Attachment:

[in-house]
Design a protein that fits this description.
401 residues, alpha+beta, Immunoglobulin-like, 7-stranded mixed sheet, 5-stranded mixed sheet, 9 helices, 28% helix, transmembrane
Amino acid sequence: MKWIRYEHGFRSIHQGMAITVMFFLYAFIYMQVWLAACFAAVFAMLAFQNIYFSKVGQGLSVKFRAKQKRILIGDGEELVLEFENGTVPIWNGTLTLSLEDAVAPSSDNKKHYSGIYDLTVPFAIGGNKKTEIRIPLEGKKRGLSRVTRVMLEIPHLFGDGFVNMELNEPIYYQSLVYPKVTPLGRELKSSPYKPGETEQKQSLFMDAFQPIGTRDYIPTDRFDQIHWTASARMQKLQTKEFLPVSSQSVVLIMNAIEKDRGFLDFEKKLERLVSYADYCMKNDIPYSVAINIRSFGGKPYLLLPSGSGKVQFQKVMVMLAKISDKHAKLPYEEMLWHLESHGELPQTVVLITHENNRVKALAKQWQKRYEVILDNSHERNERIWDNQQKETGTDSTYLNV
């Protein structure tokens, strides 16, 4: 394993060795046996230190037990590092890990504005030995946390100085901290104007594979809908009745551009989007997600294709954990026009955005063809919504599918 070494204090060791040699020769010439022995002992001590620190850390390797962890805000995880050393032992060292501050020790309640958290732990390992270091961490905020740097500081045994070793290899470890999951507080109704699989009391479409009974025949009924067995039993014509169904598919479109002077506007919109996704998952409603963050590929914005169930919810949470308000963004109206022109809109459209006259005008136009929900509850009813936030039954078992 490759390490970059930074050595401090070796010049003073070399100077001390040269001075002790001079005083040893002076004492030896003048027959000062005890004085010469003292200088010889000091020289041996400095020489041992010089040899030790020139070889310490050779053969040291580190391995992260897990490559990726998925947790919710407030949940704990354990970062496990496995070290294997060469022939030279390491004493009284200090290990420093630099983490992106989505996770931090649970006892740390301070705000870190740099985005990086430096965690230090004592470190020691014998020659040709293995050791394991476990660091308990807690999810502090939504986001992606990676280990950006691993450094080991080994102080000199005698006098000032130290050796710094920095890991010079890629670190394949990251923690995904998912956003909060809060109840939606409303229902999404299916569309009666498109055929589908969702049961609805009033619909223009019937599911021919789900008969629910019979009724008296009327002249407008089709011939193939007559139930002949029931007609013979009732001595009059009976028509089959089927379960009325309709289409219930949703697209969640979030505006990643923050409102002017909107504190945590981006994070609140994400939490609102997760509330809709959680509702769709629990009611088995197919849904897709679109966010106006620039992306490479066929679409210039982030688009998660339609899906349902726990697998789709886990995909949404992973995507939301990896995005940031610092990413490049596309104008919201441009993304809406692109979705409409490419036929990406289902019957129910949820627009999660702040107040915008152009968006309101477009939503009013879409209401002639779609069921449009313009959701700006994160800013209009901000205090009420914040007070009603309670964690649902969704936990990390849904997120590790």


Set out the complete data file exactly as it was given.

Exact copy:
[in-house]
Design a protein that fits this description.
401 residues, alpha+beta, Immunoglobulin-like, 7-stranded mixed sheet, 5-stranded mixed sheet, 9 helices, 28% helix, transmembrane
Amino acid sequence: MKWIRYEHGFRSIHQGMAITVMFFLYAFIYMQVWLAACFAAVFAMLAFQNIYFSKVGQGLSVKFRAKQKRILIGDGEELVLEFENGTVPIWNGTLTLSLEDAVAPSSDNKKHYSGIYDLTVPFAIGGNKKTEIRIPLEGKKRGLSRVTRVMLEIPHLFGDGFVNMELNEPIYYQSLVYPKVTPLGRELKSSPYKPGETEQKQSLFMDAFQPIGTRDYIPTDRFDQIHWTASARMQKLQTKEFLPVSSQSVVLIMNAIEKDRGFLDFEKKLERLVSYADYCMKNDIPYSVAINIRSFGGKPYLLLPSGSGKVQFQKVMVMLAKISDKHAKLPYEEMLWHLESHGELPQTVVLITHENNRVKALAKQWQKRYEVILDNSHERNERIWDNQQKETGTDSTYLNV
């Protein structure tokens, strides 16, 4: 394993060795046996230190037990590092890990504005030995946390100085901290104007594979809908009745551009989007997600294709954990026009955005063809919504599918 070494204090060791040699020769010439022995002992001590620190850390390797962890805000995880050393032992060292501050020790309640958290732990390992270091961490905020740097500081045994070793290899470890999951507080109704699989009391479409009974025949009924067995039993014509169904598919479109002077506007919109996704998952409603963050590929914005169930919810949470308000963004109206022109809109459209006259005008136009929900509850009813936030039954078992 490759390490970059930074050595401090070796010049003073070399100077001390040269001075002790001079005083040893002076004492030896003048027959000062005890004085010469003292200088010889000091020289041996400095020489041992010089040899030790020139070889310490050779053969040291580190391995992260897990490559990726998925947790919710407030949940704990354990970062496990496995070290294997060469022939030279390491004493009284200090290990420093630099983490992106989505996770931090649970006892740390301070705000870190740099985005990086430096965690230090004592470190020691014998020659040709293995050791394991476990660091308990807690999810502090939504986001992606990676280990950006691993450094080991080994102080000199005698006098000032130290050796710094920095890991010079890629670190394949990251923690995904998912956003909060809060109840939606409303229902999404299916569309009666498109055929589908969702049961609805009033619909223009019937599911021919789900008969629910019979009724008296009327002249407008089709011939193939007559139930002949029931007609013979009732001595009059009976028509089959089927379960009325309709289409219930949703697209969640979030505006990643923050409102002017909107504190945590981006994070609140994400939490609102997760509330809709959680509702769709629990009611088995197919849904897709679109966010106006620039992306490479066929679409210039982030688009998660339609899906349902726990697998789709886990995909949404992973995507939301990896995005940031610092990413490049596309104008919201441009993304809406692109979705409409490419036929990406289902019957129910949820627009999660702040107040915008152009968006309101477009939503009013879409209401002639779609069921449009313009959701700006994160800013209009901000205090009420914040007070009603309670964690649902969704936990990390849904997120590790």